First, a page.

GSX Blog

Exchange 2010 Monitoring: Database Availability Groups

Posted by Carl Drechsel on Thu, Jan 12, 2012

Database Availability Groups are the key component for Microsoft Exchange 2010 High Availability. As such it is critical to ensure their overall health and availability. High availability can give a false sense of security, in order to ensure an IT service is highly available the overall solution must include monitoring.

When monitoring the high availability function of Database Availability Groups it is important to consider three separate components:

  • Replication Health
  • Database Copy Health
  • Access

Replication Health

In Exchange 2010 any given Mailbox server in the Database Availability Group can host all, some or none of the active mailbox copies at any given time.  Proper replication between mailbox servers is vital to ensure high availability function.

In order to monitor replication health manually we can use the Management Shell cmdlet, Test-ReplicationHealth. In the example below, we specify the Database Availability Group

11 22 2011 12 17 40 PM

 

 

 

 

 

 

Database Copy Health

After multiple copies of a database are created, the health of each becomes critical to your overall high availability solution.  Again we can use the Exchange Management Shell to monitor the health and status of each copy and to perform other management tasks associated with database copies. Some of the management tasks you may need to perform include suspending or resuming a database copy, seeding a database copy, monitoring database copies, configuring database copy settings, and removing a database copy.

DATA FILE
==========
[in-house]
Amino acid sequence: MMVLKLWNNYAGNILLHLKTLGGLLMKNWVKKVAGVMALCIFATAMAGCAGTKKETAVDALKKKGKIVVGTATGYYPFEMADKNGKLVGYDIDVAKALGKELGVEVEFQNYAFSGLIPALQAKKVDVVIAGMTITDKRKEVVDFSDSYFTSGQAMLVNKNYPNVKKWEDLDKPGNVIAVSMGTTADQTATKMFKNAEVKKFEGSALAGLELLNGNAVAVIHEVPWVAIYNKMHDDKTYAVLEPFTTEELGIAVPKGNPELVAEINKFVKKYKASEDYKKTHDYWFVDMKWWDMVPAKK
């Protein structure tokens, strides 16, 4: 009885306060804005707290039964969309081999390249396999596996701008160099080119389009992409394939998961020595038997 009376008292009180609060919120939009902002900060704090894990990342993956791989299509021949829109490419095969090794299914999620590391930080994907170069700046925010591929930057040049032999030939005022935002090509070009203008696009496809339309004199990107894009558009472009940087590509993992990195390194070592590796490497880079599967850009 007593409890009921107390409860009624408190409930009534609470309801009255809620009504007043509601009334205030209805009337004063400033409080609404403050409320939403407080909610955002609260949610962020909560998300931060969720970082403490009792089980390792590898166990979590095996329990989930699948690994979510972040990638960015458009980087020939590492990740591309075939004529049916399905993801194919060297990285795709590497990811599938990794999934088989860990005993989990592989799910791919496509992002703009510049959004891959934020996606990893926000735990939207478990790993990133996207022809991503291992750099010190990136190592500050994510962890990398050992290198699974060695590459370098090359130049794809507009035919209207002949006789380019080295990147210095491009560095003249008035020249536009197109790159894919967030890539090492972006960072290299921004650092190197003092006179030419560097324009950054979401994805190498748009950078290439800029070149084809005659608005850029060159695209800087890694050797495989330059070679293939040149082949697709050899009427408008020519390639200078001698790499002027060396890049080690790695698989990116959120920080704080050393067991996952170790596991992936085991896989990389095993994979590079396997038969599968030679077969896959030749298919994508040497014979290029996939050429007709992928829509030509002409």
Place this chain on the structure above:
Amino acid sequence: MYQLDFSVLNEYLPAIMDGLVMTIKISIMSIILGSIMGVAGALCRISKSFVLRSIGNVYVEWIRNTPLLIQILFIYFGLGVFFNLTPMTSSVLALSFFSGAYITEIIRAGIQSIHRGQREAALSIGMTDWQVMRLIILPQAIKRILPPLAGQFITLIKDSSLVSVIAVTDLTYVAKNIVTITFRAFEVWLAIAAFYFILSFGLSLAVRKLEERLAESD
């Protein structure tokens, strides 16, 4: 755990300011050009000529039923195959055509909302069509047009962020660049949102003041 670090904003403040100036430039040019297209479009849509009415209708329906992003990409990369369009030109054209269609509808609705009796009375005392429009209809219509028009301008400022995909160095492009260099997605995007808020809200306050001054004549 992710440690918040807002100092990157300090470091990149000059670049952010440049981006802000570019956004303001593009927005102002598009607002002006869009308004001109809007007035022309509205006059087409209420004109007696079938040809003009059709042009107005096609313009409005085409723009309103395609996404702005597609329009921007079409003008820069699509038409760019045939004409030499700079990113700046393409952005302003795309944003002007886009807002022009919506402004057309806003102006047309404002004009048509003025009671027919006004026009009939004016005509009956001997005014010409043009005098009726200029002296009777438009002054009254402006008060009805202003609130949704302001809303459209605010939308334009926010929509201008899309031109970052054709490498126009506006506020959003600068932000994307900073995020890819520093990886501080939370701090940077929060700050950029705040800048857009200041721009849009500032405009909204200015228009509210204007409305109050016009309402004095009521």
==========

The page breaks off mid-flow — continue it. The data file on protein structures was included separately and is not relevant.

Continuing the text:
For Database copy health we can use the Get-MailboxDatabaseCopyStatus cmdlet to view status information about the mailbox database copies. This cmdlet enables you to view information about all copies of a particular database, information about a specific copy of a database on a specific server, or information about all database copies on a server. Running this cmdlet will present the status of a database copy as seen below.

  • Failed
  • Seeding
  • SeedingSource
  • Suspended
  • Healthy
  • ServiceDown
  • Initializing
  • SinglePageRestore
  • Resynchronizing
  • Mounted
  • Dismounted
  • Mounting
  • Dismounting
  • DisconnectedAndHealthy
  • DisconnectedAndResynchronizing
  • FailedAndSuspended
Access

Once we can ensure that replication is working as expected and we have healthy database copies we need to know that the information stores are accessible. 

We can use the Test-MapiConnectivity cmdlet to verify server functionality and database availability. This cmdlet will log on to the mailbox specified and retrieve a list of items in the Inbox. This test will also check two critical protocols used when a client connects to a Mailbox server: MAPI and LDAP. During authentication, the  cmdlet indirectly verifies that the MAPI server, Exchange store, and Directory Service Access (DSAccess) are working. 

11 22 2011 12 48 28 PM

Only by monitoring and measuring performance across these three components can you be sure that your Database Availability Groups are actually delivering high availability.

GSX Solutions is the leading provider of monitoring and reporting solutions for Unified Communications applications, whether on-premises or in the cloud. Find out more now >>

If you haven't tried GSX' solutions yet, why not sign up for a free 14-day trial or request a personal demo.

 

Tags: Exchange 2010, DAG, Exchange 2010 monitoring, database availability group, mailbox server